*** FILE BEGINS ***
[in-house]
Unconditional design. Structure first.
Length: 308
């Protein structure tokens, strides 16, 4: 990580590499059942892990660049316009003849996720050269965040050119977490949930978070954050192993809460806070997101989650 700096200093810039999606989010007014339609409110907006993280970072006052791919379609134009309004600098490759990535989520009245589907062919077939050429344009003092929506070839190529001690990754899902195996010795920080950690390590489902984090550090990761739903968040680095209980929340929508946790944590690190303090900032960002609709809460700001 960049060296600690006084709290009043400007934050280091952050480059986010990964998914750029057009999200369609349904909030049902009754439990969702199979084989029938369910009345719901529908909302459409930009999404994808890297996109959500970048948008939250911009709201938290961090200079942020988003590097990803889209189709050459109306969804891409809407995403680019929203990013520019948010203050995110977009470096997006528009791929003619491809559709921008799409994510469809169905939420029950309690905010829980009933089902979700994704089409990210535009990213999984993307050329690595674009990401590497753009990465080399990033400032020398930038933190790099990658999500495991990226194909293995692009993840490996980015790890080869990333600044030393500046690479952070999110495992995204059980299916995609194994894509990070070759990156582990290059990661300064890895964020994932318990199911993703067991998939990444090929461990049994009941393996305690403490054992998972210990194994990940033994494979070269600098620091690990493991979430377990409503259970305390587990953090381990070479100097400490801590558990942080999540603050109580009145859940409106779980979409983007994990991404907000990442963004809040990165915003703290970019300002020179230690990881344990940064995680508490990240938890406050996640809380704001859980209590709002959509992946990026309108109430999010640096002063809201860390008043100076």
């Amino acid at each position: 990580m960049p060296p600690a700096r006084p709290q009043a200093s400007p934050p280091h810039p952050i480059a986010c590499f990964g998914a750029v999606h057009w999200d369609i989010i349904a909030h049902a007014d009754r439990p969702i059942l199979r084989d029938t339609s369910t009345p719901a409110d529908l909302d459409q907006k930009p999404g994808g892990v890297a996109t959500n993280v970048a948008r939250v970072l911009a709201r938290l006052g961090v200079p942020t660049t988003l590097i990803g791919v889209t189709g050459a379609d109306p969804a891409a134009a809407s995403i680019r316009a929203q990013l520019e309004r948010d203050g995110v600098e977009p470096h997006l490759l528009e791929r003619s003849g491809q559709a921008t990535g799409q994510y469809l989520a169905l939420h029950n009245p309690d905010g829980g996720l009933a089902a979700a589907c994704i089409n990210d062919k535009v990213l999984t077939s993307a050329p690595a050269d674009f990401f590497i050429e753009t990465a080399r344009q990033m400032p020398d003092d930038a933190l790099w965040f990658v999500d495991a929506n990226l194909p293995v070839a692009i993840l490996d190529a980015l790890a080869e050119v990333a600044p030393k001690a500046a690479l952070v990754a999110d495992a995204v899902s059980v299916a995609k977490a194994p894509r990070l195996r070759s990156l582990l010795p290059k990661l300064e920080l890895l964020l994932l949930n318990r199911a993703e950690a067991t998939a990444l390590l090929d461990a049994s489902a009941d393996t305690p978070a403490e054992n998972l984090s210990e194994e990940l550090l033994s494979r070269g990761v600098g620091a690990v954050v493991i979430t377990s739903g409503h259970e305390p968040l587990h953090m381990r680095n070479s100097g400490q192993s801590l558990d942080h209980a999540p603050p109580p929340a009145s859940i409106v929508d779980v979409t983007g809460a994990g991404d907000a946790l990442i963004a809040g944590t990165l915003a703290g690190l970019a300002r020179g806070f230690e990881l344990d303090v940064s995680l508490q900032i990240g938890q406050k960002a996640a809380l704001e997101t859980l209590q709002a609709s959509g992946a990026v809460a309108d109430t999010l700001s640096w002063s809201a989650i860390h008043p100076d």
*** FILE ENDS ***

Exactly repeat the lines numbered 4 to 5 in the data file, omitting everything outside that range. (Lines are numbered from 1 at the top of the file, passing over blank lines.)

């Protein structure tokens, strides 16, 4: 990580590499059942892990660049316009003849996720050269965040050119977490949930978070954050192993809460806070997101989650 700096200093810039999606989010007014339609409110907006993280970072006052791919379609134009309004600098490759990535989520009245589907062919077939050429344009003092929506070839190529001690990754899902195996010795920080950690390590489902984090550090990761739903968040680095209980929340929508946790944590690190303090900032960002609709809460700001 960049060296600690006084709290009043400007934050280091952050480059986010990964998914750029057009999200369609349904909030049902009754439990969702199979084989029938369910009345719901529908909302459409930009999404994808890297996109959500970048948008939250911009709201938290961090200079942020988003590097990803889209189709050459109306969804891409809407995403680019929203990013520019948010203050995110977009470096997006528009791929003619491809559709921008799409994510469809169905939420029950309690905010829980009933089902979700994704089409990210535009990213999984993307050329690595674009990401590497753009990465080399990033400032020398930038933190790099990658999500495991990226194909293995692009993840490996980015790890080869990333600044030393500046690479952070999110495992995204059980299916995609194994894509990070070759990156582990290059990661300064890895964020994932318990199911993703067991998939990444090929461990049994009941393996305690403490054992998972210990194994990940033994494979070269600098620091690990493991979430377990409503259970305390587990953090381990070479100097400490801590558990942080999540603050109580009145859940409106779980979409983007994990991404907000990442963004809040990165915003703290970019300002020179230690990881344990940064995680508490990240938890406050996640809380704001859980209590709002959509992946990026309108109430999010640096002063809201860390008043100076």
């Amino acid at each position: 990580m960049p060296p600690a700096r006084p709290q009043a200093s400007p934050p280091h810039p952050i480059a986010c590499f990964g998914a750029v999606h057009w999200d369609i989010i349904a909030h049902a007014d009754r439990p969702i059942l199979r084989d029938t339609s369910t009345p719901a409110d529908l909302d459409q907006k930009p999404g994808g892990v890297a996109t959500n993280v970048a948008r939250v970072l911009a709201r938290l006052g961090v200079p942020t660049t988003l590097i990803g791919v889209t189709g050459a379609d109306p969804a891409a134009a809407s995403i680019r316009a929203q990013l520019e309004r948010d203050g995110v600098e977009p470096h997006l490759l528009e791929r003619s003849g491809q559709a921008t990535g799409q994510y469809l989520a169905l939420h029950n009245p309690d905010g829980g996720l009933a089902a979700a589907c994704i089409n990210d062919k535009v990213l999984t077939s993307a050329p690595a050269d674009f990401f590497i050429e753009t990465a080399r344009q990033m400032p020398d003092d930038a933190l790099w965040f990658v999500d495991a929506n990226l194909p293995v070839a692009i993840l490996d190529a980015l790890a080869e050119v990333a600044p030393k001690a500046a690479l952070v990754a999110d495992a995204v899902s059980v299916a995609k977490a194994p894509r990070l195996r070759s990156l582990l010795p290059k990661l300064e920080l890895l964020l994932l949930n318990r199911a993703e950690a067991t998939a990444l390590l090929d461990a049994s489902a009941d393996t305690p978070a403490e054992n998972l984090s210990e194994e990940l550090l033994s494979r070269g990761v600098g620091a690990v954050v493991i979430t377990s739903g409503h259970e305390p968040l587990h953090m381990r680095n070479s100097g400490q192993s801590l558990d942080h209980a999540p603050p109580p929340a009145s859940i409106v929508d779980v979409t983007g809460a994990g991404d907000a946790l990442i963004a809040g944590t990165l915003a703290g690190l970019a300002r020179g806070f230690e990881l344990d303090v940064s995680l508490q900032i990240g938890q406050k960002a996640a809380l704001e997101t859980l209590q709002a609709s959509g992946a990026v809460a309108d109430t999010l700001s640096w002063s809201a989650i860390h008043p100076d």